The Quadruped T-Spine Rotation helps to improve rotational mobility. Based on the athlete’s ability to get their elbow to the ceiling, we can see if there is a discrepancy in mobility from one side or the other. Even though asymmetries are not a reason to change everything, we do want to be aware of them and make sure they are not so severe that the bar appears crooked when being held in the front rack position.
A poor kyphotic posture will not only make it difficult to hold the bar in a good position but will also be problematic once load is added to the bar. For an athlete with severe flexion or rounding of the t-spine, as the weight gets heavier, they will no longer be able to keep their hips underneath their torso—and they will try to drive out of the bottom of a squat. As the hips shoot back on the ascension of the squat, the roundedness of the shoulders and t-spine push the bar away from the athlete’s center of gravity, and if it is heavy enough, the bar will inevitably fall forward. When we see this start to develop based on the load of the barbell, we know the athlete lacks strength in the front rack position.A poor kyphotic posture will not only make it difficult to hold the bar in a good position but will also be problematic once load is added to the bar, says @nicc__marie. Click To Tweet
A strength concern requires us to not only look at upper back strength, but anterior core strength as well. Front rack bias aside, we want our athletes to stand with good posture because it supports spinal health (and every athlete needs a strong and healthy spine). Using a variety of KB or DB goblet holds can help to strengthen some smaller upper back muscles and allow the lats to not overcompensate in the front rack position. KB Goblet Hold Hinges, lunges, and squats are great for movement prep and supplemental accessory work. When looking at anterior core strength, deadbug/crawl/contralateral variations should be a staple in any training program.
Video 2. One variation that is more specific to Olympic weightlifting is a Banded Lat Pull Deadbug. This movement allows for lat engagement while challenging the anterior core.
There are benefits to programming the front squat in training for non-weightlifters. The load of the barbell puts less compressive force on the knee versus the back squat. Depending on an athlete’s biomechanics, the alignment of the torso and depth of the squat will vary. Athletes with longer femurs will have a slight lean in the torso to help them find parallel.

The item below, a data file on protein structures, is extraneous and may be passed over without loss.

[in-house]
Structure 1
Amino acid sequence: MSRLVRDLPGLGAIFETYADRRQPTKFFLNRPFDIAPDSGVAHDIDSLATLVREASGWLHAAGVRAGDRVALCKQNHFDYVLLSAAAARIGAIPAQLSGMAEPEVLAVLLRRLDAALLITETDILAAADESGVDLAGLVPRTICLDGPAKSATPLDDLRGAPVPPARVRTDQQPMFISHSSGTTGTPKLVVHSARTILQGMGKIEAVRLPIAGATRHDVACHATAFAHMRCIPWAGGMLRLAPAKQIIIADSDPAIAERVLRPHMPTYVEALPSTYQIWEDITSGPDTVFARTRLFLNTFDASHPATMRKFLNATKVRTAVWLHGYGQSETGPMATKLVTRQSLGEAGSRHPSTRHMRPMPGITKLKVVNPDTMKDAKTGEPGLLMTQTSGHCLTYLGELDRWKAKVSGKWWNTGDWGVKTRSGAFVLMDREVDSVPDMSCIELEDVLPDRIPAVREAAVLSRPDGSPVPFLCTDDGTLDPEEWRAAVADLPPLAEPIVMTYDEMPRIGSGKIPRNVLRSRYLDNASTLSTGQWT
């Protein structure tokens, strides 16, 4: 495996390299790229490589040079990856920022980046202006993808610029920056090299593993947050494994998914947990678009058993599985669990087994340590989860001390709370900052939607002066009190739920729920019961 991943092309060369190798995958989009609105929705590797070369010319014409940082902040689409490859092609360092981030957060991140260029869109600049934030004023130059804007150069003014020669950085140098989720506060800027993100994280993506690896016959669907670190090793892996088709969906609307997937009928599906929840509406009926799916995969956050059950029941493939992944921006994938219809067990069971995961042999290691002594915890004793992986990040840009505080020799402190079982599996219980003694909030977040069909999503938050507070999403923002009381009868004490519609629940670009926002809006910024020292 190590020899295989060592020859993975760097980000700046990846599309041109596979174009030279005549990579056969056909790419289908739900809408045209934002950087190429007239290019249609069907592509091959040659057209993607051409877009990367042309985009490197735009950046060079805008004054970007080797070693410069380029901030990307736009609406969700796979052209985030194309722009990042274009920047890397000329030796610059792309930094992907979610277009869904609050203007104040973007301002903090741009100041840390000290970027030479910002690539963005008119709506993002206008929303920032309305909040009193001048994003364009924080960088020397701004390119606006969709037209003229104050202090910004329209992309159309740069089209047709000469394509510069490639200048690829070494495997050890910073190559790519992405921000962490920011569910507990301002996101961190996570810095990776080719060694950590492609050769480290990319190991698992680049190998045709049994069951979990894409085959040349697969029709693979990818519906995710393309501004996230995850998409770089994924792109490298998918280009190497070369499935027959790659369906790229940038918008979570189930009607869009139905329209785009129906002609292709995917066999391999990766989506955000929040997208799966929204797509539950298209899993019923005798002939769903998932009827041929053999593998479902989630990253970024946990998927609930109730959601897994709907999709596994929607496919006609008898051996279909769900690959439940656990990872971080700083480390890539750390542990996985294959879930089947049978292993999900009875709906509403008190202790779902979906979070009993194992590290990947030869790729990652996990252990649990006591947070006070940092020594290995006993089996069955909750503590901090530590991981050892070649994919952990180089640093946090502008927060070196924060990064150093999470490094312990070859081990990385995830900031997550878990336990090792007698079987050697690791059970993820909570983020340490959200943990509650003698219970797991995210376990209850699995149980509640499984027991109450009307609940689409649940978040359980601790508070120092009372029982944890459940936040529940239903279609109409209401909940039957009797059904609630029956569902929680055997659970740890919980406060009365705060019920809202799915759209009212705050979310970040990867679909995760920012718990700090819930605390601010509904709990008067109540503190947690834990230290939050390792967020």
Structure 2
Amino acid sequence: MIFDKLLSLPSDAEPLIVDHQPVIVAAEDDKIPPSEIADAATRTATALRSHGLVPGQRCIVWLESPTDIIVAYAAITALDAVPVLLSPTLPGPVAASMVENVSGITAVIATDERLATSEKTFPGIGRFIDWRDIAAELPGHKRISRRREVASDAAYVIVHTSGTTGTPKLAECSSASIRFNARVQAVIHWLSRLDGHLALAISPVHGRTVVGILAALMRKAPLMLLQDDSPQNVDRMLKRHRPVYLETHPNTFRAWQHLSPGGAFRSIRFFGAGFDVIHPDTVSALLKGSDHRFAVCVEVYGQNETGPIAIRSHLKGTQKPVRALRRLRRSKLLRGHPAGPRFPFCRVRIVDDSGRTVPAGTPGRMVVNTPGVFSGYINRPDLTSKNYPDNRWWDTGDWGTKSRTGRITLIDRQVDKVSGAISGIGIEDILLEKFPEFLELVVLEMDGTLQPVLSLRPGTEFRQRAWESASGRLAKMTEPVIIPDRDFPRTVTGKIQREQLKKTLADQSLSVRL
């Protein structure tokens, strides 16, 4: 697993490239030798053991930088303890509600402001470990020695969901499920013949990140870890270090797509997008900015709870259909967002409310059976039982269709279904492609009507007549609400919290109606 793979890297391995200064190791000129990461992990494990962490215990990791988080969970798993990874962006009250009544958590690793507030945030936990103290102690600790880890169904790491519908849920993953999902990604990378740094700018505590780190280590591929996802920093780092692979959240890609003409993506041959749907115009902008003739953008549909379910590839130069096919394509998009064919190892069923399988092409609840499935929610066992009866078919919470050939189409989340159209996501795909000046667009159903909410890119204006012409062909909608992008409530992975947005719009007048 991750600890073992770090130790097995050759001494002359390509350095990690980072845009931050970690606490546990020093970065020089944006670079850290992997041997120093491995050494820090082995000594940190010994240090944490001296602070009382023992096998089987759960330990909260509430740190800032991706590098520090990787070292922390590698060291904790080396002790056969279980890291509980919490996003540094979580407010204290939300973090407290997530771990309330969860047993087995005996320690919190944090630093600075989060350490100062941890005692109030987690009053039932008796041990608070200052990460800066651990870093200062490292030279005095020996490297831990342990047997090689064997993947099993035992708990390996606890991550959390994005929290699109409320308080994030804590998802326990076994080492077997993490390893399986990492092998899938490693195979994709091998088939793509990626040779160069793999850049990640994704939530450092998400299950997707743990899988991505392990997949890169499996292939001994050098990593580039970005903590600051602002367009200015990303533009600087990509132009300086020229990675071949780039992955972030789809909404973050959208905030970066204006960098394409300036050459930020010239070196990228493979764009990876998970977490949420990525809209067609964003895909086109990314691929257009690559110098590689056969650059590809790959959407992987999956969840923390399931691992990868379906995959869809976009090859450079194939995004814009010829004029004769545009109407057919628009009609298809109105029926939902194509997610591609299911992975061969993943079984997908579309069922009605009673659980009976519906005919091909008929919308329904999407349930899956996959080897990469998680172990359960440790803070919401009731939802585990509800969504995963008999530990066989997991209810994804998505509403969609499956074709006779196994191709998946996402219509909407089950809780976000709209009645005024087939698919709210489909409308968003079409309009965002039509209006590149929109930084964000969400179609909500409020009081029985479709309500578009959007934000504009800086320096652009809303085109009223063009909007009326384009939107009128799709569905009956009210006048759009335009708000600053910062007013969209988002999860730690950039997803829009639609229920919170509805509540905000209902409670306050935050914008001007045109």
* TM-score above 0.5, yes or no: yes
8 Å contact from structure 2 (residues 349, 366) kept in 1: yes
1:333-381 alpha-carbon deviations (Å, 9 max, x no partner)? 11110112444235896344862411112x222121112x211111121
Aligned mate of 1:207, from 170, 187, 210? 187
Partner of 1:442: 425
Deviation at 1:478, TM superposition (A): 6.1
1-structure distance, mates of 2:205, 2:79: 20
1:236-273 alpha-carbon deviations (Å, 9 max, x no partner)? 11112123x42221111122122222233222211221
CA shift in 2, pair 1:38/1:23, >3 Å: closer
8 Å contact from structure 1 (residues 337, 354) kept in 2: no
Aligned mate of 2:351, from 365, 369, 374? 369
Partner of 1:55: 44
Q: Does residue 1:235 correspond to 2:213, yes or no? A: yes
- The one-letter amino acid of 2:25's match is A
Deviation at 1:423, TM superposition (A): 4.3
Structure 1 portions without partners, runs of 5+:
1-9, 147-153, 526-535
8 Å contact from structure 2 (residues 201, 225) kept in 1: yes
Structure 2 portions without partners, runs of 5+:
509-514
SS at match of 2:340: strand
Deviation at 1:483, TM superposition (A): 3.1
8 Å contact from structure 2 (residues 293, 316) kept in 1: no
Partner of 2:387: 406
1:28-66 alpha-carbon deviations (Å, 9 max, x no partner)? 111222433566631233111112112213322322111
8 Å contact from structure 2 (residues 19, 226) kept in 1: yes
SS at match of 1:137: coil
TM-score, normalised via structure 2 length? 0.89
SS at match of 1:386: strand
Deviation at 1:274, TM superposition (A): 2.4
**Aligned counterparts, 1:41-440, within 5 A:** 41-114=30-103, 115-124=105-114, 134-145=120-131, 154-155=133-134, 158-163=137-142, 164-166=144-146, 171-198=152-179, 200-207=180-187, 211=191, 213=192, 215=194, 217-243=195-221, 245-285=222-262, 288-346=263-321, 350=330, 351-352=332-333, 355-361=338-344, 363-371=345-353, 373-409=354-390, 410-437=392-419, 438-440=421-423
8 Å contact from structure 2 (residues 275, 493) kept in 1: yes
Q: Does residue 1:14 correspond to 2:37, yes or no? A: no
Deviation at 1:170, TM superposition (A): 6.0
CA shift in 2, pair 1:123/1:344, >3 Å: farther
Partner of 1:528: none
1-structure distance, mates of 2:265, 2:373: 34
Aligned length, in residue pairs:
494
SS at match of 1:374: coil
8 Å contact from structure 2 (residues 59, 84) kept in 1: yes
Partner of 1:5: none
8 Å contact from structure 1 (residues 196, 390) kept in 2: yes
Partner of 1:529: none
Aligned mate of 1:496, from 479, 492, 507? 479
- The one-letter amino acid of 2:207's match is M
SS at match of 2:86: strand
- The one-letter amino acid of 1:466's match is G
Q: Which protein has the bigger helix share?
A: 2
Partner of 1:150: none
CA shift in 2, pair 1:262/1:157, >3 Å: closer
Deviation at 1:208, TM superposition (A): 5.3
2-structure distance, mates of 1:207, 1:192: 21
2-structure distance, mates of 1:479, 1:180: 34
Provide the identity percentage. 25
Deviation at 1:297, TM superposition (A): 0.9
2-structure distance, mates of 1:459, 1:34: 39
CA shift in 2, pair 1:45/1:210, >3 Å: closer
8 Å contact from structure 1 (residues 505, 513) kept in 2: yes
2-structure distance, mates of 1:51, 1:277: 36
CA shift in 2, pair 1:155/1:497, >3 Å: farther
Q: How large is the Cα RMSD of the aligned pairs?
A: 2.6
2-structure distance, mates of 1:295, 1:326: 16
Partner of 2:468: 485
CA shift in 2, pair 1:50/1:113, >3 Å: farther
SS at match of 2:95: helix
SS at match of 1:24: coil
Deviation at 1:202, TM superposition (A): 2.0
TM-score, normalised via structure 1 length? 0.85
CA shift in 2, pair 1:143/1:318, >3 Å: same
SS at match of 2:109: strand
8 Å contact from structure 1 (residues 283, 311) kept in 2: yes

Remember, there is a difference between a lean of the torso and flexion in the t-spine. The torso position in the front squat places less strain on the spinal erectors. Along with anatomical benefits, the position of the barbell on the front rack places more emphasis on the anterior abdominal muscles.
If you can’t front squat it, you can’t clean it! If you are unable to perform the catch position of a clean from a static position (i.e., unrack the barbell), then it will be all but impossible to do so dynamically as you transition under the bar into the receiving position. If you are a strength coach who incorporates clean progressions in the weight room, I strongly urge you to have your athletes front squat in the front rack position. Being able to front squat using a true front rack will build strength and stability to support the absorption of the barbell onto the chest and anterior deltoid of the athlete safely and efficiently in a clean.If you’re a strength coach who incorporates clean progressions in the weight room, I strongly urge you to have your athletes front squat in the front rack position, says @nicc__marie. Click To Tweet
The front rack position for a clean is slightly wider than the front rack position for a front squat. The purpose of the slightly wider grip is to allow the humerus more external rotation to create a wider “shelf” to receive the bar. A wider hand position will lower the elbows more than in a front squat, but they should still be through the bar and up as much as ROM will allow. This also allows the athlete to have a better grip on the bar in the turnover and catch position.
Common issues we see in the front rack of the clean occur during the third pull of the lift and in the catch position. During the third pull, the athlete pulls their body down to meet the barbell and move into the receiving position or catch. If the athlete pulls down faster than the height of the barbell, the barbell crashes onto their chest. When the barbell crashes onto the athlete, it can either spit the athlete out behind the bar, crush their anterior core on impact, and miss forward or—best-case scenario—give them some really nice bruises to show off to friends. In either case, as coaches we want none of the above for our athletes.
The argument for strength coaches to perform power cleans is to help their athletes absorb and decelerate heavy loads, but if the barbell crashes on an athlete, then we don’t get the desired effect. This crash can occur because of a timing issue or a technique issue.